“Nuclear power would not be worse for our water security than coal. It would be approximately neutral, because the consumption is basically the same. But might it actually be better?”

This post is inspired by a message that got back to me from my Mum, that a relative of mine (who shall remain nameless. Hi Auntie Jackie!) will “never agree with me because nuclear power plants use so much water”.

It’s an important point. In Australia, we can never take water for granted. The most recent and very severe drought pushed water supplies to the brink around the country. Investing heavily in a new power source that would stretch those supplies even more would seem a risky thing to do.

So this question is worth examining. In the mix of Australian energy generation, would nuclear power be:

  • Better for our water security?
  • Worse for our water security?
  • Neutral for our water security?

I’m going to answer that question by comparing it with coal fired power generation, which is the most prevalent form of generation in Australia, and the form I want to displace quickly with nuclear power.

To start the answer, it’s worth understanding a little about nuclear power generation. Basically, it’s a thermal electricity generation method. This means you have a heat source, you add water to create steam, draw the steam through a turbine to generate electricity, then condense the steam back to water and repeat the process. This is the way it works for coal, gas, nuclear, and concentrated solar thermal electricity generation. The principal difference among these methods is the heat source. Fossil fuel plants burn large amounts of fossil fuel to create the heat (producing large amounts of greenhouse gas and other pollution in the process). Concentrated solar thermal uses concentrated sunlight, (producing no direct pollution to speak of, but taking up a lot of space and unfortunately costing a lot of money). A nuclear plant uses a nuclear reaction for heat (producing a small amount of waste which is captured and stored).  Aside from that, the basic mechanism doesn’t change.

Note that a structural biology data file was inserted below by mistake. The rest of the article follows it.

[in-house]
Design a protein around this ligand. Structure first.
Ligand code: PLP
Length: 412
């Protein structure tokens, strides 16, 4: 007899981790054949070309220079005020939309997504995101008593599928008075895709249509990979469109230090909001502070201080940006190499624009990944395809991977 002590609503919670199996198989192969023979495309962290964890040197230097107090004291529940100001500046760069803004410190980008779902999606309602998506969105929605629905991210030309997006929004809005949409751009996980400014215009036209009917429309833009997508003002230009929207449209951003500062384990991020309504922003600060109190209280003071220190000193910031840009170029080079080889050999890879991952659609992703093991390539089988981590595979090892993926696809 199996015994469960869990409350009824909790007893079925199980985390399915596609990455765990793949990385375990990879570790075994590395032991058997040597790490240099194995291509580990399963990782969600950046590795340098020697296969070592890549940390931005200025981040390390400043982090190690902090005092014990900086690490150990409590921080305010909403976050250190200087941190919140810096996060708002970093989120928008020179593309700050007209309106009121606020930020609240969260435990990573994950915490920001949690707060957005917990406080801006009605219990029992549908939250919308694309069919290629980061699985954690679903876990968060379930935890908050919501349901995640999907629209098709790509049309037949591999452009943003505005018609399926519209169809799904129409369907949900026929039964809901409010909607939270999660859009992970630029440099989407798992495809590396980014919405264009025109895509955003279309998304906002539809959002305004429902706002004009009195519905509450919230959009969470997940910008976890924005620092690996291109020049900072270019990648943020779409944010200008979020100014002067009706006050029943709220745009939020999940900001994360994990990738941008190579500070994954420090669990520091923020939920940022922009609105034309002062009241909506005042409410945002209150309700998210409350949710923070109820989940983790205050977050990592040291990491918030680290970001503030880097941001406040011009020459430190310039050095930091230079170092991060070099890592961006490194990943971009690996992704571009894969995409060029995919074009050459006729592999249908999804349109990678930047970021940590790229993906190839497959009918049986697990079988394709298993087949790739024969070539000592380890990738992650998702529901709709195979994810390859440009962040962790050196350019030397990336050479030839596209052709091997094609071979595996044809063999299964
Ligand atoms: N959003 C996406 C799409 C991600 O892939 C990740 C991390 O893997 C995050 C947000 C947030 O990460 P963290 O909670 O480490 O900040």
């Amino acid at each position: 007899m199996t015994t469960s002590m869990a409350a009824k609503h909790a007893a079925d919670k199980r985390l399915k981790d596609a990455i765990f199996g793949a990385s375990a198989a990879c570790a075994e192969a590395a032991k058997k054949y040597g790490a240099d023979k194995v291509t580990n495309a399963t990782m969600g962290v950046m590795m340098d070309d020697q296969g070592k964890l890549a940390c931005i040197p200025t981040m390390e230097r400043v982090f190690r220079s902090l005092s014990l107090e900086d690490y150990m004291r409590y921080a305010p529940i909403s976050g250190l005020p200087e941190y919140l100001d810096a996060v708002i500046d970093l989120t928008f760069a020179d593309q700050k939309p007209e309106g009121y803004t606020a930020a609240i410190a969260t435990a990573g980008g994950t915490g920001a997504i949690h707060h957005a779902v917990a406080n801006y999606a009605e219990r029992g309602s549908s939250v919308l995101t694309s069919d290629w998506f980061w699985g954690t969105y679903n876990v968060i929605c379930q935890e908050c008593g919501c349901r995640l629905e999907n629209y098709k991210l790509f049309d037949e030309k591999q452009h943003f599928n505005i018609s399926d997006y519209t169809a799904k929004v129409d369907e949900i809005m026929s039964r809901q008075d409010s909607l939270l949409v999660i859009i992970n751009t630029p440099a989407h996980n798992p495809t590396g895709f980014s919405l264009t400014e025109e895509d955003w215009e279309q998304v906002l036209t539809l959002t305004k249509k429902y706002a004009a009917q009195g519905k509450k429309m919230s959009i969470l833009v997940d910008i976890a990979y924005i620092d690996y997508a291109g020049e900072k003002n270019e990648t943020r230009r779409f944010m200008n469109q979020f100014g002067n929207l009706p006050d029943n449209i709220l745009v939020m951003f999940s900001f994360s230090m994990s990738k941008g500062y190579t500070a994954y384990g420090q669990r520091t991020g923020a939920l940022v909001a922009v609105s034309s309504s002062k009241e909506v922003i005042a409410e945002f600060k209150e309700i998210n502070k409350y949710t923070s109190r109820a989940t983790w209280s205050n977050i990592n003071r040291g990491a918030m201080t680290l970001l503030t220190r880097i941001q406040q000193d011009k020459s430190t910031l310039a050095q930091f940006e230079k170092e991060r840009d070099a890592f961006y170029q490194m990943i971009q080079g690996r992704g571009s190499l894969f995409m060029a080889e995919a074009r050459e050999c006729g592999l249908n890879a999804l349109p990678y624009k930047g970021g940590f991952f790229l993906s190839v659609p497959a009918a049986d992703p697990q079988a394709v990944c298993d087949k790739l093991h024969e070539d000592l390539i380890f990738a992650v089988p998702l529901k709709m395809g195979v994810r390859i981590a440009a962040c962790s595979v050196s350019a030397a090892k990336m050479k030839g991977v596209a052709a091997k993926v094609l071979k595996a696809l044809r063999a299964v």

So there is water being used in two ways. Firstly to create the steam. This water is pretty much in a closed system. It is turned to steam, run through the turbine, condensed back to water, and then recirculated. So that water consumption is not really of concern.